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During the Great Depression the cosmetic industry’s bucking of the economic doom and gloom led to commentators coining the term The Lipstick Effect.
Sales of cosmetics rose during the late 1920s and early 1930s as women said “no” to expensive luxury items and “yes” to new lippie as a relatively inexpensive feel-good spend.
In 2001 the chair of Estee Lauder, Leonard Lauder, opined that lipstick sales were a good way to gauge the economy. Mr Lauder had noticed the company sold more lipsticks after the September 11 terrorist attacks in the US.
In other words, in tough economic times, lipstick sales boom as women seek to boost their mood.
Although it’s hard to find specific data on lipstick sales in New Zealand, or more broadly on cosmetics, there’s plenty of anecdotal evidence and economic theory to back the contention that cosmetics are recession-proof.
It’s the basic theory that in tough times we still want to spend so we substitute the expensive for cheaper alternatives – in economic parlance, inferior goods.
Can’t afford your favourite bottle of French perfume? You hunt out a cheaper alternative you still like.
These inferior goods can be anything from cheap cars to cheap food (witness the burgeoning sales of takeaways and Restaurant Brands’ rising KFC figures) through to lipsticks.
Statistics New Zealand figures show chemists’ retail sales increased through 2008 after New Zealand entered the recession.
Chemists are big sellers of cosmetics, along with department stores. In 2008 department stores recorded steady growth in sales in July and August right after the recession started, before dropping off marginally near the end of the year.
Statistics for chemists’ retail sales are now classified a little differently by the government statistician but the results are still strong through into 2009 and 2010. There was a 13.7 per cent lift in those figures from June 2009 to June last year.
Even Google is in on the action.
Searches for the word “lipstick” increased harmoniously with searches for “recession” from late 2007 through 2008, according to market research blog Trendspotting’s Lipstick Indicator.
New Zealand Institute of Economic Research economist Shamubeel Eaqub says this inferior- goods transfer is happening as the tougher economic times roll on.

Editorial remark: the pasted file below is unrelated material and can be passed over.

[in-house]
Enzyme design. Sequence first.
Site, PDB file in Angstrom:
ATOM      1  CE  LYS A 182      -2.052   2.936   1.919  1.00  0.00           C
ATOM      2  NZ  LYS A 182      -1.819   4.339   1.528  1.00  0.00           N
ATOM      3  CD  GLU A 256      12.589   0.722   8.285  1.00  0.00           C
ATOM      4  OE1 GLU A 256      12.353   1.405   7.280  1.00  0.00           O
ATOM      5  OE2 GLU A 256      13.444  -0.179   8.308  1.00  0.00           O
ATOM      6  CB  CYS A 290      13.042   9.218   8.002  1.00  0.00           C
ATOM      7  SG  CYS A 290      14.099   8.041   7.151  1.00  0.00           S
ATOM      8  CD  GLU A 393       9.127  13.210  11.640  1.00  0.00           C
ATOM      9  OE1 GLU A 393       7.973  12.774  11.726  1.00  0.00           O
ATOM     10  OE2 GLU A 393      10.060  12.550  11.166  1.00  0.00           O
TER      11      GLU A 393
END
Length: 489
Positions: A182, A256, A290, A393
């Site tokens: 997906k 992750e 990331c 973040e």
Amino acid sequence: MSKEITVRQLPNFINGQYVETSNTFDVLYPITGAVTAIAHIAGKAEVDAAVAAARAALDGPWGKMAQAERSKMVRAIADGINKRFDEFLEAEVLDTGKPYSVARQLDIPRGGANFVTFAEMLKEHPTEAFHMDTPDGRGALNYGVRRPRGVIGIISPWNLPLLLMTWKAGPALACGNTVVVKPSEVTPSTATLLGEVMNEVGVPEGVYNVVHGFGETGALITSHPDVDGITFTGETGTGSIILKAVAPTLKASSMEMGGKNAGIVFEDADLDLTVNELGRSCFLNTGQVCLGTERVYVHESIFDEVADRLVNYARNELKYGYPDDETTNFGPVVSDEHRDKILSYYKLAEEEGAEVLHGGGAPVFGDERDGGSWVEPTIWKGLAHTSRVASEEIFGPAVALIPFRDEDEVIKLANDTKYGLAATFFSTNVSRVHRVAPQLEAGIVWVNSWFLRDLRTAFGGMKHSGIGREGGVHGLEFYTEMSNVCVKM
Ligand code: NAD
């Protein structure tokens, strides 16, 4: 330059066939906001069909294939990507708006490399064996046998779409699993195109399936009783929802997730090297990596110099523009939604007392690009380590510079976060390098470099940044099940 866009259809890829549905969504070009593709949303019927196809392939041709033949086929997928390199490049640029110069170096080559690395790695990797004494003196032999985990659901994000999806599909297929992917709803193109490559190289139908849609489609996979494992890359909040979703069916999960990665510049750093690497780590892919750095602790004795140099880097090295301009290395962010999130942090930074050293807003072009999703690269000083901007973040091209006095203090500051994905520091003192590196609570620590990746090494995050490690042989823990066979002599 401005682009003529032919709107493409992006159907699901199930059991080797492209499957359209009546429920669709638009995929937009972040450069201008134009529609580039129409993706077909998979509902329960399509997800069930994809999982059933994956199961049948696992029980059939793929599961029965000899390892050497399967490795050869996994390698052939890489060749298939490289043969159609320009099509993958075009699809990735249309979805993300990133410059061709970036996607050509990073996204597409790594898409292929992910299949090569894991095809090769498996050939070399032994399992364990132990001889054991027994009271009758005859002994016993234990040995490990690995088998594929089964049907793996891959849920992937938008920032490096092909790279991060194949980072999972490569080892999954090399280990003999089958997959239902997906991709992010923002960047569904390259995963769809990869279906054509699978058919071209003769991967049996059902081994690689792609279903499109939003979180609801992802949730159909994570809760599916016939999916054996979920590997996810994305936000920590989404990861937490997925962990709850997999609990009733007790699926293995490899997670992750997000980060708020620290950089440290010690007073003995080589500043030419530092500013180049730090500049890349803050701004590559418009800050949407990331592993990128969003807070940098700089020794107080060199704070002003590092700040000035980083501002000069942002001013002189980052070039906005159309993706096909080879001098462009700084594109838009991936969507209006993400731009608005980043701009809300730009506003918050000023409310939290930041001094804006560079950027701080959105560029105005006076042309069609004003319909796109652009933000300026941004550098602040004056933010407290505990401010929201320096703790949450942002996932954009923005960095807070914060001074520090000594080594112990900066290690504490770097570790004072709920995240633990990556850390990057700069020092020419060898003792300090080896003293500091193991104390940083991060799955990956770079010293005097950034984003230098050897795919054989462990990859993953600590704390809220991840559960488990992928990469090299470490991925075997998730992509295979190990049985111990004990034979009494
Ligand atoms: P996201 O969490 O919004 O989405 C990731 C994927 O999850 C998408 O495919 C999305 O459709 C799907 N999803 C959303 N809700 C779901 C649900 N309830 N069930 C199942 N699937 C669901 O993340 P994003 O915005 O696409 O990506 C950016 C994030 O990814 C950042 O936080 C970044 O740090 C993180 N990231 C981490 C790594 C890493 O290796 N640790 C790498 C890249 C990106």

“Generally speaking, little luxuries are replacing larger luxuries. Some things are considered frivolous, but others are considered just a small treat.”
For example, Mrs Eaqub loves to buy new nail polish, he says.
“It’s a small treat. It’s colourful, and it’s a very small outlay.”
Nail polish does seem to be the new lipstick on the block.
If asked to recommend any cosmetics purchase this winter it would be nail polish, says Lynda Grant, cosmetics buyer for department store Smith and Caughey.
The top fashion houses such as Chanel and Dior have released limited-edition polishes for several years. Ms Grant says nail colours are as much of a trend as lipstick colours previously were, and still are.
“We are seeing that women will go on a waiting list for the new polishes, and when they are released they sell out immediately.”
Overall, sales in the Auckland store’s cosmetics department have been flat but within the department there are winners and losers.
Fragrance sales are in decline – a fact attributed in no small part to their price, Ms Grant believes. A 100-millilitre bottle of Miss Dior fragrance costs about $220, for example.
Contrast this with a limited edition nail polish at $40 and you can quickly see the appeal.
As Ms Grant says, with the polish you can still own a slice of the luxury and style of the top brands like Chanel but at a run-of-the-mill price. Cosmetic basics are still selling but even the appeal of gifts- with-purchases are waning, she says, as women buy what they need or simply pick a new slick of lip gloss to get that shopper’s high.
But what of other sections of the cosmetic industry?
Caci founder Jackie Smith says Botox use has boomed at her clinics nationwide in the recession and the business continues to grow.
“People know they can get a result – it comes with a two-year guarantee – and the price is competitive.”
Botox is the process of injecting a toxin into facial muscles which basically paralyses them – no muscle movement, fewer wrinkles created, the theory loosely goes.
It’s this treatment that Hollywood glamazons like Nicole Kidman seem to have used to great, and occasionally comical, effect as the actresses are left virtually with frozen faces.
Plastic surgeon John Masters agrees the trend is away from invasive procedures using the knife and towards Botox and fillers using the needle.
He, too, has noticed an increase in this kind of work and has gone so far as to ditch breast surgery from his services in favour of the face.
While about 2500 cosmetic procedures were performed by New Zealand plastic surgeons in 2009, Mr Masters reckons you could put an extra zero on that number if you looked at Botox and non-invasive treatments.
So what’s the cost? It’s not in the realm of a nail polish, but it’s also nowhere near facelift status which ranges from $20,000 to $35,000.
Mr Masters says the charge is per unit of Botox used. Depending on the specific product, that’s $17 to $23 a unit and could cost about $480 for one treatment.
The effect should last for about six months if you top up regularly, he says.
So do trends in the beauty industry mean the Lipstick Effect’s days are numbered – long live the nail polish and needle index?
Nothing is likely to knock lipstick off its pedestal, Ms Grant says. “Dior has a new range, Chanel has a new range. People still want lipsticks, they just want new lipsticks.”